Pennanen, who just recently returned from two months abroad working on a medical project in rural South Africa with African Impact, claims that the biggest hurdle she encountered while
volunteering – along with the emotional toll the project took on her – was learning to work as a team with upwards of 20 other international students.

“You have to fly by the seat of your pants,” Pennanen explains. Although she claims that her experience abroad was generally a good one, she warns that adequate preparation is an imperative
component of volunteering overseas.

“I can imagine if someone had a negative experience that preparation ahead of time could have been helpful.”

Beau Frigault, a graduate student of the University of Guelph who traveled to Equador to build a school two years ago, agrees.

He believes that students need to prepare for the worst and that many are unaware that their volunteering abroad will involve such an unstructured life style.

“Go into the excursion with an open mind,” he suggests. “You will see things you never thought you would … you will be pushed out of your comfort zone and … your view of the world will change.”

No ‘I’ in team

Both Pennanen and Frigault believe that forming strong ties with teammates on projects will help smooth out any unpreparedness that a volunteer encounters.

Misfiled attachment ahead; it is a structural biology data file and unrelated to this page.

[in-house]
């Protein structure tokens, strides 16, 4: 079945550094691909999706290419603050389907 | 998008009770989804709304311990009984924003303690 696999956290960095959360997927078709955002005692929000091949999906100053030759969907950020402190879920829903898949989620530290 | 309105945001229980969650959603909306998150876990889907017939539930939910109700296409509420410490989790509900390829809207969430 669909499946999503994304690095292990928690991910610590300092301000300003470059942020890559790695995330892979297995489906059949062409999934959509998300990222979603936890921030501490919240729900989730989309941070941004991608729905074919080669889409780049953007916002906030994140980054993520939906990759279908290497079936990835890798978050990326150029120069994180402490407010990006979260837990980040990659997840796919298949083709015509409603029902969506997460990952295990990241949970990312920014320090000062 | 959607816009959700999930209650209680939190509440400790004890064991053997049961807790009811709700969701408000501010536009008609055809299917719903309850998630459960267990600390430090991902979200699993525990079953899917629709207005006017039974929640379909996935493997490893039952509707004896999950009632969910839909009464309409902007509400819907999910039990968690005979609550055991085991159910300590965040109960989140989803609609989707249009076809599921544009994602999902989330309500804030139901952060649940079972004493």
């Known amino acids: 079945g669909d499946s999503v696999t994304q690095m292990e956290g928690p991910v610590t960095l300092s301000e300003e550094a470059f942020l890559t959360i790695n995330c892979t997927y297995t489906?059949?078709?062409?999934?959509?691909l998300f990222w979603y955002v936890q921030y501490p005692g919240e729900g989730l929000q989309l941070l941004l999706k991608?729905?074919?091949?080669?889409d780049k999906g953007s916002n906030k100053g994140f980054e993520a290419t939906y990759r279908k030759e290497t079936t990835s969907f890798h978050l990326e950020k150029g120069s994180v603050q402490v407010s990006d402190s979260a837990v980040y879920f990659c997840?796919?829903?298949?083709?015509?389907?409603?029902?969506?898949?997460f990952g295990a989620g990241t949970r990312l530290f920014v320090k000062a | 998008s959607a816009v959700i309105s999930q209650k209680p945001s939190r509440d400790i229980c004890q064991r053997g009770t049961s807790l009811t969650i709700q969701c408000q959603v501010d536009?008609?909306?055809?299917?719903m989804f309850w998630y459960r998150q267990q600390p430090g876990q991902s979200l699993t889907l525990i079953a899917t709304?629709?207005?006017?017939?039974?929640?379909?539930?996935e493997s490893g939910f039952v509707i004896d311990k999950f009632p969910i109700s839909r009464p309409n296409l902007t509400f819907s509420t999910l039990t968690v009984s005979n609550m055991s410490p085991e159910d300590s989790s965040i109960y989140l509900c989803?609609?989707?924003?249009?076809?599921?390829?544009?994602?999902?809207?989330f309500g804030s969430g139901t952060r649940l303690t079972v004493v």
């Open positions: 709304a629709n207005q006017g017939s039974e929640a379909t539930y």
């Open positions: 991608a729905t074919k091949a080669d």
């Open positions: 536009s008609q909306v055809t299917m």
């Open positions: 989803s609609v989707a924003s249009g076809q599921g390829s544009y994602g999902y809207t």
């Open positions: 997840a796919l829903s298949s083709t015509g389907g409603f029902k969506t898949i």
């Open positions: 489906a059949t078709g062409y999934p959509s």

“Having a social network around you to support you in those really hard times is important,” Pennanen explained. “I would have just sat and cried if I hadn’t had people agree things were upsetting and told me the next step; ‘here’s what we can do, here’s how we can change the situation.’”

Jen Holden, who recently returned from Peru, agrees. Holden believes that her trip’s success was the result of her fellow volunteers.

“There were a lot of us [but] everyone got along so well and felt that we gained so much from each other,” she explains.

Holden warns on choosing the right NGO or volunteer organization.

“There are honestly some that are much better than others,” Holden said. If a volunteer’s first experience is a bad one “it’ll deter people away from doing volunteer work.”

Alison Schofield, a returning Laurier student who volunteered delivering food during a famine in rural India in the summer of 2008, has returned to Morocco as a leadership intern, helping a Global Youth Network group complete their school project.